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OR

Erythropoietin: Good or Bad for Cancer?

Figure 1. Erythropoietin (Epo) binds its receptor (Epo R) on the surface of red blood cell progenitors in the bone marrow causing proliferation, maturation, and differentiation, thereby preventing or correcting anemia. Epo may also bind Epo R expressed on the surface of cancer cells and may elicit tumor growth via cell proliferation, protection from apoptosis, and/or angiogenesis. [Note: figure adapted from Brower, V. (2003) Nat. Med. 9:1439.]

Anemia is a common clinical problem experienced by nearly 75% of cancer patients. Anemia results in fatigue, weakness and often depression, which may severely reduce the quality of life of patients living with cancer. Further, there is some evidence that anemia may impair the efficacy of cancer therapies.1,2 Hence, under the clinical practice guidelines set out by the American Society of Clinical Oncology and the American Society of Hematology in 2002,3 patients with cancer-related anemia have commonly been prescribed recombinant human Erythropoietin (Epo) in the form of epoetin alfa, under the tradenames Procrit® (also known as Eprex®) and Epogen®, and epoetin beta, under the tradename NeoRecormon®.4

Natural mature Epo is a 30 kDa glycoprotein characterized by four anti-parallel alpha helices and both N- and O-linked glycosylations. In vivo, Epo is produced primarily by the kidney and is regulated by oxygen tension such that under conditions of hypoxia, circulating Epo levels increase. Epo binds the Epo receptor (Epo R) on erythroid progenitors in bone marrow eliciting proliferation, maturation, and differentiation of red blood cells and Epo deficiency is associated with a reduction in red blood cell number and anemia.1,2 Administration of recombinant human Epo has been shown to increase hemoglobin levels, improve hematocrit, reduce blood transfusion requirements, and enhance the quality of life of cancer patients suffering from anemia.1,2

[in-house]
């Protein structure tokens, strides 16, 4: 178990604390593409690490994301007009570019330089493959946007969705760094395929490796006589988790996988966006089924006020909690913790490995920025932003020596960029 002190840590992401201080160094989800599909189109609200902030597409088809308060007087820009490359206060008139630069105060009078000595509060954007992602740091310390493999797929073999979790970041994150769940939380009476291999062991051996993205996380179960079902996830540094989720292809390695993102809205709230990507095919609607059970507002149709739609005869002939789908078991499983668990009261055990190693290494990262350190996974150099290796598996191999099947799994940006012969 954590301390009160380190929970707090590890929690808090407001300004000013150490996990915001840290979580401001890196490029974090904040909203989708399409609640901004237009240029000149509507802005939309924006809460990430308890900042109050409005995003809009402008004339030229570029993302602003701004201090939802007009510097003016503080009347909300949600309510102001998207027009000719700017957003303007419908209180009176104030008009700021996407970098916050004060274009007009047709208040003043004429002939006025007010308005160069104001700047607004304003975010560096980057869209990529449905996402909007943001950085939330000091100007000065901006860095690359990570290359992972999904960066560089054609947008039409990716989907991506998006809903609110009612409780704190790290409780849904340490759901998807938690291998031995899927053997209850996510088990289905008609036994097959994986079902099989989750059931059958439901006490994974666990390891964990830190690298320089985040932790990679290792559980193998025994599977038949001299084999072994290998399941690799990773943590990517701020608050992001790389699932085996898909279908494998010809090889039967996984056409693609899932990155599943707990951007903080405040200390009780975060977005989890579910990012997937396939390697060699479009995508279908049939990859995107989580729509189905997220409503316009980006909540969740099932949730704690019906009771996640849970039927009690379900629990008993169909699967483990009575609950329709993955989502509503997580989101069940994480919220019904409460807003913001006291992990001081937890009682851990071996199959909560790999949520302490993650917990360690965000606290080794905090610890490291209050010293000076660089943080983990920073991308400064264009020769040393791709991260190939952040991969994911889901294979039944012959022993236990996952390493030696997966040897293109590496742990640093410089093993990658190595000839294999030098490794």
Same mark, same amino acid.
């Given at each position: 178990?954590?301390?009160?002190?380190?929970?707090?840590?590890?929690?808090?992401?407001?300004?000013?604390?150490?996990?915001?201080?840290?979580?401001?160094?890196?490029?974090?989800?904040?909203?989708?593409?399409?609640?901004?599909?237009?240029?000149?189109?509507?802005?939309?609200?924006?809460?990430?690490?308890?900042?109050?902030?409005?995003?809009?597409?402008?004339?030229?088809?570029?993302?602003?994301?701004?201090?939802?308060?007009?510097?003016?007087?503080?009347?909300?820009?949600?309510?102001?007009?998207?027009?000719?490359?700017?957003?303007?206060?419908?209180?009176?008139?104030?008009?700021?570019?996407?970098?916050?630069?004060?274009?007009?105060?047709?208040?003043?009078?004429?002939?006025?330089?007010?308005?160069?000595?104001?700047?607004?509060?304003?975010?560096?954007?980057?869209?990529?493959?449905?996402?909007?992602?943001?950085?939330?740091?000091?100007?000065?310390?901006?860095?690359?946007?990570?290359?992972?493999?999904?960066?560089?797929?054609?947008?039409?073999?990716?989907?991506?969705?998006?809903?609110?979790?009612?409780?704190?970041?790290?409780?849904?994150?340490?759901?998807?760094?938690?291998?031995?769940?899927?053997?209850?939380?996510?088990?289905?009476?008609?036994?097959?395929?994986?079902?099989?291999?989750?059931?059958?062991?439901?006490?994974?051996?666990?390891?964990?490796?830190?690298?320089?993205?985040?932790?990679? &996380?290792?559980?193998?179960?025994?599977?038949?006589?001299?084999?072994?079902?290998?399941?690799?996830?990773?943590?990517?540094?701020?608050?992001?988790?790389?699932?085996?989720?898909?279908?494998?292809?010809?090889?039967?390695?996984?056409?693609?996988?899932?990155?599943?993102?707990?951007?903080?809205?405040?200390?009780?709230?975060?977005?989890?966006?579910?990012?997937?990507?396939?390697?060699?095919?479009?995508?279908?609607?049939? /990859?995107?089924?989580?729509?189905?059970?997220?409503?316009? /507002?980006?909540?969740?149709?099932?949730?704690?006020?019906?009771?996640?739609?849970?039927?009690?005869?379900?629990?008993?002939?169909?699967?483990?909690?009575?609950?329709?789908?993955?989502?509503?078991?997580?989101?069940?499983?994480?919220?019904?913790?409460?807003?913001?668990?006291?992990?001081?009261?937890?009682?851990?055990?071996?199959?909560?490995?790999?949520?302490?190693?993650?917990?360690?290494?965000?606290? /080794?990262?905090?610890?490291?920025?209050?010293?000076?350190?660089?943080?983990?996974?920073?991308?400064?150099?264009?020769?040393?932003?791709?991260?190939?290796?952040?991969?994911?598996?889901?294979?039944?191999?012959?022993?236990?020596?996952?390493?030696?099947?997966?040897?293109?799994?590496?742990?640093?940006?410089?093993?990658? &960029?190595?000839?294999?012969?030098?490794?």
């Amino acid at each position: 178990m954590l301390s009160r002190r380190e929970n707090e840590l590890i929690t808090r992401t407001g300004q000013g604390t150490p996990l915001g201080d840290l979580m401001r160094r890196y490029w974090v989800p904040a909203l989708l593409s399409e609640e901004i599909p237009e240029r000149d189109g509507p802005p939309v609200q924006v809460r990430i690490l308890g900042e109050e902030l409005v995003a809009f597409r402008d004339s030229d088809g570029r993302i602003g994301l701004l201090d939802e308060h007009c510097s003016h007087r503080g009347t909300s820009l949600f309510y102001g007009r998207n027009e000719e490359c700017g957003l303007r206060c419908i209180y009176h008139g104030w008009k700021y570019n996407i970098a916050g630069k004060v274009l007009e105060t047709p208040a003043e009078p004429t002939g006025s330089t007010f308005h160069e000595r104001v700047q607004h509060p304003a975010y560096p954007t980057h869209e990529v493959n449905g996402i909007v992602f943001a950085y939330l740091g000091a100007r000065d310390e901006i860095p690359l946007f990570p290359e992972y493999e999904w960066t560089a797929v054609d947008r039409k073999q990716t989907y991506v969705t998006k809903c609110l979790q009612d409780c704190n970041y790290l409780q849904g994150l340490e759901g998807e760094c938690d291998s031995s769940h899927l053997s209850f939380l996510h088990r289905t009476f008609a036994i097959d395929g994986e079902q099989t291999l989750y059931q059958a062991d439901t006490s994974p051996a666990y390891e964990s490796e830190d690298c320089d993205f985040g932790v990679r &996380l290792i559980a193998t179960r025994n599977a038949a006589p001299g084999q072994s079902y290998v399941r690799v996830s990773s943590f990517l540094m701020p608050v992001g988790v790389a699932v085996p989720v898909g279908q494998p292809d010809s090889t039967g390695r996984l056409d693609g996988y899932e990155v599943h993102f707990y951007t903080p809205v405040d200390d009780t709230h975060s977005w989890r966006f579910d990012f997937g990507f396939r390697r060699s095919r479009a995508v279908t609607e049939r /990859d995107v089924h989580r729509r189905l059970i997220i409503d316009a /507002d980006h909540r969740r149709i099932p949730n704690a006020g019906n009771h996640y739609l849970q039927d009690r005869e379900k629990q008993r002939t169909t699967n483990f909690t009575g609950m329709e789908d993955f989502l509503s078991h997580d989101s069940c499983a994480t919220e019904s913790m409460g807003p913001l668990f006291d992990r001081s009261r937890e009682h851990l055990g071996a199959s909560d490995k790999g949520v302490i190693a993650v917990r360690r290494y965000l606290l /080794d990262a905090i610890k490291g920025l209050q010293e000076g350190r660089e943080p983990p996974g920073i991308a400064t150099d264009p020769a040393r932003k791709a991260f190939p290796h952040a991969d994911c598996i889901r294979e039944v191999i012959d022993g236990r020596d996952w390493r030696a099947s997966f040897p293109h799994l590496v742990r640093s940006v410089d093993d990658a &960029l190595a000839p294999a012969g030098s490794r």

Recent studies, however, suggest that the guidelines for prescribing Epo to cancer patients may need to be reviewed. A 2003 Epo trial conducted by Johnson & Johnson investigated the effects of Epo treatment for the prevention of anemia on the survival of non-anemic, metastatic breast cancer patients. Due to an observed higher mortality rate among the group treated with Eprex, concerns were raised that Epo may have an adverse effect on survival and the study was terminated.5 A subsequent study conducted by Hoffman-La Roche on anemic head-and-neck cancer patients found that while epoetin beta was successful in correcting anemia, it failed to improve, and may even impair, cancer control and survival.6

It appears that the problems surrounding Epo treatment of cancer patients stem from the biology of Epo itself.4 Once thought to act solely on the erythroid compartment, it is now becoming increasingly clear that Epo has pleiotropic effects.1 High levels of Epo and Epo R are found in many different cell types and the Epo/Epo R system is known to induce proliferation, chemotaxis, and angiogenesis, and inhibit apoptosis.1,2 Epo and Epo R are expressed in head-and-neck tumors,6 breast, colon, lung, prostate,7 ovary,7,8 uterine,8 and cervical9 cancer cells, neuroblastomas, astrocytomas, and other solid nervous system tumors,10 and numerous malignant cell lines.11,12 Additionally, the Epo/Epo R system appears to be functioning in these cells and tissues.8,10-12 Epo added to cancer cell lines in vitro elicits secretion of angiogenic growth factors and promotes proliferation and chemotaxis of endothelial cells.10 Neutralizing anti-Epo monoclonal antibody and soluble Epo R antagonist injected into ex vivo cultured tumor tissue blocks,8 and soluble Epo R antagonist injected into mice possessing cancer cell xenografts,11 reduce angiogenesis and tumor cell survival. Further, Epo pretreatment of some cancer cell lines render them less sensitive to the cytotoxic effects of the chemotherapy drug, cisplatin, also known as Platinol®.12 However, the degree of influence of the Epo/Epo R system in different types of cancers is highly variable. A thorough re-examination of the biology of Epo as well as its clinical application for cancer patients is urgently needed.

References

  1. Lappin, T.R. et al. (2002) Stem Cells 20:485.
  2. Weiss, M.J. (2003) Oncologist 8:18.
  3. Rizzo, J.D. et al. (2002) Blood 100:2303.
  4. Brower, V. (2003) Nat. Med. 9:1439.
  5. Leyland-Jones, B. (2003) Lancet Oncol. 4:459.
  6. Henke, M. et al. (2003) Lancet 362:1255.
  7. Arcasoy, M.O. et al. (2003) Biochem.
  8. Biophys. Res. Commun. 307:999.
  9. Yasuda, Y. et al. (2002) Carcinogenesis 23:1797.
  10. Acs, G. et al. (2003) Am. J. Physiol. 162:1789.
  11. Batra, S. et al. (2003) Lab. Invest. 83:1477
  12. Yasuda, Y. et al. (2003) Carcinogenesis 24:1021.
  13. Liu, W.M. et al. (2004) Oncogene 23:981.
Procrit and Eprex are registered trademarks of Johnson & Johnson.
Epogen is a registered trademark of Amgen.
NeoRecormon is a registered trademark of Hoffman-La Roche.
Platinol is a registered trademark of Bristol-Myers Squibb.